International Commercial Terms (incoterms) were designed by the International Chamber of Commerce (ICC) to make international trade easier by creating a universal standard language, a list of terms uniformly recognized throughout the world in regards to shipping and transporting goods internationally.
There are many terms importers and exporters need to be savvy about and well-versed in. Some are more common than others, such as Free On Board (FOB), Free Carrier (FCA) and Ex Works (EXW). FOB, while common, is largely misunderstood.
Despite their convoluted language largely drafted in legal speak, it is the responsibility of all parties involved in a shipment to be sure they understand all incoterms, or a simple shipment may turn into a wildly expensive mishap.
Incoterms are important for several reasons. If you find yourself wondering what does FOB mean in shipping, it’s important you take the time to understand that FOB shipping:
- Defines the transaction for the exporter (seller) and the importer (buyer)
- Helps buyer and seller communicate all provisions
- Ensures all parties understand risks, and the cost, tasks and responsibilities
- Determines all logistics of a shipment
- Outlines the transportation management from exit to reception
- Distributes all obligations and responsibilities
Free On Board (FOB)
Free On Board (FOB) is one of the most common of the incoterms. It essentially indicates who is liable and responsible for goods if they are damaged, lost or destroyed during shipment. FOB states that the seller should pack the goods and deliver and load them onto the ship fully cleared for export. The cost and risk of the shipment is transferred to the buyer only after the goods are on board safely at a mutually agreed upon shipping port. The shipper is free of any obligation regarding the goods once they are on the ship.
Pros to FOB – There is a reason FOB is one of the most common incoterms. There are some major advantages to this shipping, including:
- The seller will handle the local export process
- The buyer will remain in control of the shipping costs and arrangements
Cons to FOB – It’s important to understand all sides of the process, and there are some disadvantages to FOB, too. Some of the disadvantages include:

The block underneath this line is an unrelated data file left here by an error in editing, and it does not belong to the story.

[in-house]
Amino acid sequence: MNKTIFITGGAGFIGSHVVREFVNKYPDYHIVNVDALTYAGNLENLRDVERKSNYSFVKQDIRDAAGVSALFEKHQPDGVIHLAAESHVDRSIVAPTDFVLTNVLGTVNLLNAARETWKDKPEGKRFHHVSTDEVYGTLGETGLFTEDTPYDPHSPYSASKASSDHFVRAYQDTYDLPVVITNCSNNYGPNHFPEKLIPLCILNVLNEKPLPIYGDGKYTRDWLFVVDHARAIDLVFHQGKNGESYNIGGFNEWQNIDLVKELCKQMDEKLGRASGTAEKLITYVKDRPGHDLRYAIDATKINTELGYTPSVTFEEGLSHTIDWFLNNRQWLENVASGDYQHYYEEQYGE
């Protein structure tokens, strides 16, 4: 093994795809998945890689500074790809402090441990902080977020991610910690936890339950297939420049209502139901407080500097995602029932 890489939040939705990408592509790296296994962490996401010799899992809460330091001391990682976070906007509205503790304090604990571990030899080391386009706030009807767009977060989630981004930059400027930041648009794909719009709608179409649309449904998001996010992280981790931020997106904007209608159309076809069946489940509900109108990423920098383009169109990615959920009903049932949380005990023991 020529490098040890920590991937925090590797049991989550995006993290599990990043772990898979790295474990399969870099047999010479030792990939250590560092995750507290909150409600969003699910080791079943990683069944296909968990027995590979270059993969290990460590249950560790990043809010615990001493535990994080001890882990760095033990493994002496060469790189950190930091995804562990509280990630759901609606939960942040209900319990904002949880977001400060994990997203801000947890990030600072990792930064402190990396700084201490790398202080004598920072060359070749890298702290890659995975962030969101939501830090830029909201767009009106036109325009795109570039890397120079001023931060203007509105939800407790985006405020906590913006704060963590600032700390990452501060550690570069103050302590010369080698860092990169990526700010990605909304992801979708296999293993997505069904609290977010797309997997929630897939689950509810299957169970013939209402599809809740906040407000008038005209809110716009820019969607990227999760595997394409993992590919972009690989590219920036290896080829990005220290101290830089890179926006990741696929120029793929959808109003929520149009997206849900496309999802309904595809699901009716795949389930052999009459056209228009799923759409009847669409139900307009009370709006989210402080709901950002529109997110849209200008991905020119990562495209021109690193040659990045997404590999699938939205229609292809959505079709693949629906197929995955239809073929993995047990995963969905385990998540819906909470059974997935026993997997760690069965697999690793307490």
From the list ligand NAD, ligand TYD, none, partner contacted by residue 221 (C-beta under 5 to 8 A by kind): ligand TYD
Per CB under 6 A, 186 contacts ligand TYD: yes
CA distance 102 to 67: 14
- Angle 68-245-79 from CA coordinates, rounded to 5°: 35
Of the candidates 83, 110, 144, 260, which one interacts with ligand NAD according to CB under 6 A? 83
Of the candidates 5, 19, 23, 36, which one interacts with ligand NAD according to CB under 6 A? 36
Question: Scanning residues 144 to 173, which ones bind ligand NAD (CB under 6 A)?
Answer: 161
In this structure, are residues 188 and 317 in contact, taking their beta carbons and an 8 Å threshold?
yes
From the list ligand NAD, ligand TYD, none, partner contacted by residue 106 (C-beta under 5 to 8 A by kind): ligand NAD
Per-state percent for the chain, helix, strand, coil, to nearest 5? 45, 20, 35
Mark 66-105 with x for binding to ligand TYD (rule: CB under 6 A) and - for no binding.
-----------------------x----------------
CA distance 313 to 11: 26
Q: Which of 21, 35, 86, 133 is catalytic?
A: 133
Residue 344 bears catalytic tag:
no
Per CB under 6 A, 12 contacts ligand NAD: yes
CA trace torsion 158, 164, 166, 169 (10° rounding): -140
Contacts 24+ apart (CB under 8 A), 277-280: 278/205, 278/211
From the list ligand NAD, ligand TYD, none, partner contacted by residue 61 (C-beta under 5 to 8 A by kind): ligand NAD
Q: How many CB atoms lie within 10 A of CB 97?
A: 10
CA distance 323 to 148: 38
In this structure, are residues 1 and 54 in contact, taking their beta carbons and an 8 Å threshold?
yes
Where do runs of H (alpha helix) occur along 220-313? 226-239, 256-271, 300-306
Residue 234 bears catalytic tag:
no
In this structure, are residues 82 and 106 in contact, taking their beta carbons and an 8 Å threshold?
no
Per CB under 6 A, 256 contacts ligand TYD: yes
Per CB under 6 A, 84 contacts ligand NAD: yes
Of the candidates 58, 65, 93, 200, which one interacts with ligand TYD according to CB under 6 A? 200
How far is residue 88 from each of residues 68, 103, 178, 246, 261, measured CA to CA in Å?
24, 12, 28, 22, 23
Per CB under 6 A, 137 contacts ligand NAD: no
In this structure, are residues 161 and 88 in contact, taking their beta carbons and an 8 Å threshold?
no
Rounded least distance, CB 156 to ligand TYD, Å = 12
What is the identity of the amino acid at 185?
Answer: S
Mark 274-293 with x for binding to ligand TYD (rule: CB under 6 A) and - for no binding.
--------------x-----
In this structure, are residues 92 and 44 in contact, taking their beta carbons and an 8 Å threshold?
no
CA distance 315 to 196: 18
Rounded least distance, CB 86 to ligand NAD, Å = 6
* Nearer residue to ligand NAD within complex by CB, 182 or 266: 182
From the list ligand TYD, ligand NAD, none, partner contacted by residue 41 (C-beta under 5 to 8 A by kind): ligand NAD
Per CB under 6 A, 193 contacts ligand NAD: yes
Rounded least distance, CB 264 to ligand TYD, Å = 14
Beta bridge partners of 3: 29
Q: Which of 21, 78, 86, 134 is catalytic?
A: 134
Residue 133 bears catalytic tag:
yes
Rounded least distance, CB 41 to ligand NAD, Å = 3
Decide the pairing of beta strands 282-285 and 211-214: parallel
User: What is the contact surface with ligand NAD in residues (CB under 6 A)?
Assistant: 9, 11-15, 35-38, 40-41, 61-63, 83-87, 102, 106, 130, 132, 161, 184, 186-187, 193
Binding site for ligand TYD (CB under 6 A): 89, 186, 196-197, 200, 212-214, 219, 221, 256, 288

- Potential for seller to mark up local transport costs
- Chance for higher unit costs
FOB Shipping Point vs. FOB Destination
FOB shipping point (also known as FOB origin) and FOB destination point reference the moment in the transaction where the title of the goods transfers from seller to buyer. This is a very necessary distinction in that it determines succinctly which party is responsible and liable for any lost or damaged goods during the shipping at any given time. The major difference between the two terms is the timing of the transfer.
FOB shipping point – Notes responsibility of goods and title transfer from seller to buyer once the goods are loaded on the delivery vehicle at the shipping point. Once this happens, and the legal title of all goods is transferred to the buyer, the seller is no longer responsible for the goods.
FOB shipping point cost – Seller is responsible for all fees and transport costs only until the point in time that the goods have reached the port of origin. It is then that the buyer becomes financially responsible for any and all costs that are associated with the transport, customs, taxes and any other fees.
FOB destination – Means that transfer of ownership and responsibility occurs at the buyer’s loading dock, their post office or their physical location. Upon delivery to the buyer’s noted location, the title is transferred to the buyer, who then owns the goods and is legally responsible for them.
FOB destination cost – Seller is responsible for all fees and transport costs right up to the point that the goods reach the actual destination. Once the goods reach entry to the port, the responsibility for fees transfers to the buyer.
There are also some variations to FOB destination:
- Freight Prepaid and Allowed – Seller pays and bears freight charges. Seller remains owner of goods during transit. Seller files any claims (if there are any).
- Freight Prepaid and Added – Seller pays freight charges and then bills them to buyer. Seller remains owner of goods during transit. Seller files any claims (if there are any).
- Freight Collect – Buyer pays and bears freight charges once goods are received. Seller remains owner of goods during transit. Seller files any claims (if there are any).
- Freight Collect and Allowed – Buyer pays freight charges once goods are received. Buyer deducts freight charges from invoice. Seller bears freight charges and remains owner of goods during transit. Seller files any claims (if there are any).
The Role of Your 3PL
Incoterms are an important part of international trade. They are used to assign responsibilities and cost to buyers and sellers. A clearly defined agreement is necessary to protect the interests of both parties.
Buyers in particular need to understand the contract they are agreeing to so they clearly comprehend the costs and risk, as well as all tasks associated with international transportation and delivery. Incoterms all have their own nuances and intricacies that can be difficult to navigate on your own.
Working with a 3rd party logistics (3PL) provider who is an expert in all incoterms is a smart choice. Don’t take chances with your international deals that could end up costing you tremendously. Reach out to ShipCalm today to learn more about how we can be your partner and resource in international shipping – we take the uncertainty out of the complexities of incoterms.